7 Fluids in your car that you should be checking
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1. Motor Oil

Motor oil, engine oil, or engine lubricant is any one of various substances that consist of base oils enhanced with various additives, particularly antiwear additives, detergents, dispersants, and, for multi-grade oils, viscosity index improvers. Motor oil is used for lubrication of internal combustion engines.


2. Transmission fluids

While the primary function of transmission fluids is to lubricate the various parts of the transmission, it can serve other functions as well: Clean and protect metal surfaces from wear. Condition gaskets. Enhance cooling function and reduce high operating temperatures.


3. Brake Fluid

Brake fluid is a type of hydraulic fluid used in hydraulic brake and hydraulic clutch applications in automobiles, motorcycles, light trucks, and some bicycles. It is used to transfer force into pressure, and to amplify braking force. It works because liquids are not appreciably compressible.


4. Power steering Fluid

Power steering fluid is the hydraulic fluid that transmits the power in your steering system. In a bit more detail, it helps create the pressure that pushes on either side of your car’s rack-mounted piston, allowing you to turn the wheels with ease.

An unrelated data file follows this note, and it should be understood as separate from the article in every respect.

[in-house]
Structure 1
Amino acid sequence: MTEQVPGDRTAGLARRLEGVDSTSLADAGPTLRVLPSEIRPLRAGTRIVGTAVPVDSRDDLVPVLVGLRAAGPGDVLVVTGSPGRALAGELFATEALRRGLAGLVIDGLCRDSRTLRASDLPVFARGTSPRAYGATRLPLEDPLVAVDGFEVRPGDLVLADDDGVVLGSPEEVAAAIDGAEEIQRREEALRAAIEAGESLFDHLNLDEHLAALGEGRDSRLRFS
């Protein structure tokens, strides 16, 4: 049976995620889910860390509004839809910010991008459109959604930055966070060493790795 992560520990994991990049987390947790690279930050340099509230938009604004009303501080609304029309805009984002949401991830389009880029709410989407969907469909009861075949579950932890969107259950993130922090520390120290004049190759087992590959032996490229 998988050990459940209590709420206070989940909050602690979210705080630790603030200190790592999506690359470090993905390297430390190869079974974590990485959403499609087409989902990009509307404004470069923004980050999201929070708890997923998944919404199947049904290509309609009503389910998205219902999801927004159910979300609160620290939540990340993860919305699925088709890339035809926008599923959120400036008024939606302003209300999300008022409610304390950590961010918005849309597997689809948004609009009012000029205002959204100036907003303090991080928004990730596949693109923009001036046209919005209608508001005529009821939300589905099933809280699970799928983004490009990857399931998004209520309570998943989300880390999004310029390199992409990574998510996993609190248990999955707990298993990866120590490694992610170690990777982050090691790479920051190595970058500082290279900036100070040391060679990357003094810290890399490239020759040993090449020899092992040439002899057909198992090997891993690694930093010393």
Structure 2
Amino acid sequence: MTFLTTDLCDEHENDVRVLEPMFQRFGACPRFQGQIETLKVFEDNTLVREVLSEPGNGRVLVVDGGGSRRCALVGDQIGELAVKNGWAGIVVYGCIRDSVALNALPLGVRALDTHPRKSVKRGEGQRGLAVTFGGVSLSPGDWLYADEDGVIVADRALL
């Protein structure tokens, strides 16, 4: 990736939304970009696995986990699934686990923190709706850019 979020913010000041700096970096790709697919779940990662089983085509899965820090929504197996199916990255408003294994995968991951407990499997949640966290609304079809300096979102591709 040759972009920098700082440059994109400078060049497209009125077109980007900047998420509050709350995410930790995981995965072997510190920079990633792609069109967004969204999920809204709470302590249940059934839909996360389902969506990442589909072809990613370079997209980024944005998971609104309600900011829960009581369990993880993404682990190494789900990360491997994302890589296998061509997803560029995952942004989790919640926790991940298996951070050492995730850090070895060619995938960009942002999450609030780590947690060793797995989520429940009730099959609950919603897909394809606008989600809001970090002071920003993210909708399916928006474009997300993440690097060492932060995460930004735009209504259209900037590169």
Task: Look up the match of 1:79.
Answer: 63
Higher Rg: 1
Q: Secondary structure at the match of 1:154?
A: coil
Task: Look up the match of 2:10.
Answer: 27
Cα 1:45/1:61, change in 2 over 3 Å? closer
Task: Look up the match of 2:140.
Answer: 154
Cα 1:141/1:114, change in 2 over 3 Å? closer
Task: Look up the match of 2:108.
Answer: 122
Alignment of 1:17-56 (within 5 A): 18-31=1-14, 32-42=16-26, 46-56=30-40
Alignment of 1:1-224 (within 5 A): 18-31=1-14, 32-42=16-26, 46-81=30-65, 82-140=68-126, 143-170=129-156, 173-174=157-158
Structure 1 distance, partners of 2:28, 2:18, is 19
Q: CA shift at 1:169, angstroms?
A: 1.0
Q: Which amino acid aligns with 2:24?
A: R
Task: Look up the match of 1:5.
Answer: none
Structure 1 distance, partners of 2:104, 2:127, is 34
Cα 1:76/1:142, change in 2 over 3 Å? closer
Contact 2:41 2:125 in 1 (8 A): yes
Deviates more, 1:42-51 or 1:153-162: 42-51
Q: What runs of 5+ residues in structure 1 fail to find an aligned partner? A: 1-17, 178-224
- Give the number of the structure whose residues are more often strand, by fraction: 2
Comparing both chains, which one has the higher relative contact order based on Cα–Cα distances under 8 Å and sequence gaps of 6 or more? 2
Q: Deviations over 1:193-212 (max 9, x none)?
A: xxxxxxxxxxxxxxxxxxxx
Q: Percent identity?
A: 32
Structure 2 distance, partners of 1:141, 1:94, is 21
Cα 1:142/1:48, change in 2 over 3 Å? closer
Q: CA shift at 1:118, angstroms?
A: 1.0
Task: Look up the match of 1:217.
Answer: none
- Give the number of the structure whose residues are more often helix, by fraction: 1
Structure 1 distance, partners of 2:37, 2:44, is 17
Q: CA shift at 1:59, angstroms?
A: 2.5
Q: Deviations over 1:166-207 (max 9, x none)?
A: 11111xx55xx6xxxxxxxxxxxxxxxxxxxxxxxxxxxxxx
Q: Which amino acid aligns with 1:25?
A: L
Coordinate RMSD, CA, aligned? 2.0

5. Washer fluid

Windshield washer fluid is a fluid for motor vehicles that is used in cleaning the windshield with the windshield wiper while the vehicle is being driven.


6. Radiator Fluid

Engine coolant, also known as antifreeze, is mixed with water to keep the radiator from freezing in extreme cold and stops


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corrosion within the cooling system. There are many different types of coolant, so it’s important to know what variety is right for your car or truck.


7. Air conditioning coolants

A cold liquid refrigerant absorbs heat from the hotter room in the evaporator, cooling the room down. The refrigerant then changes phase to a gas and is put through a compressor to increase its temperature.

The refrigerant then passes through the condenser coils, transferring heat from the refrigerant to the outside air. Refrigerant expands in order to decrease its pressure and cool down to below the room’s temperature to repeat the cycle again.

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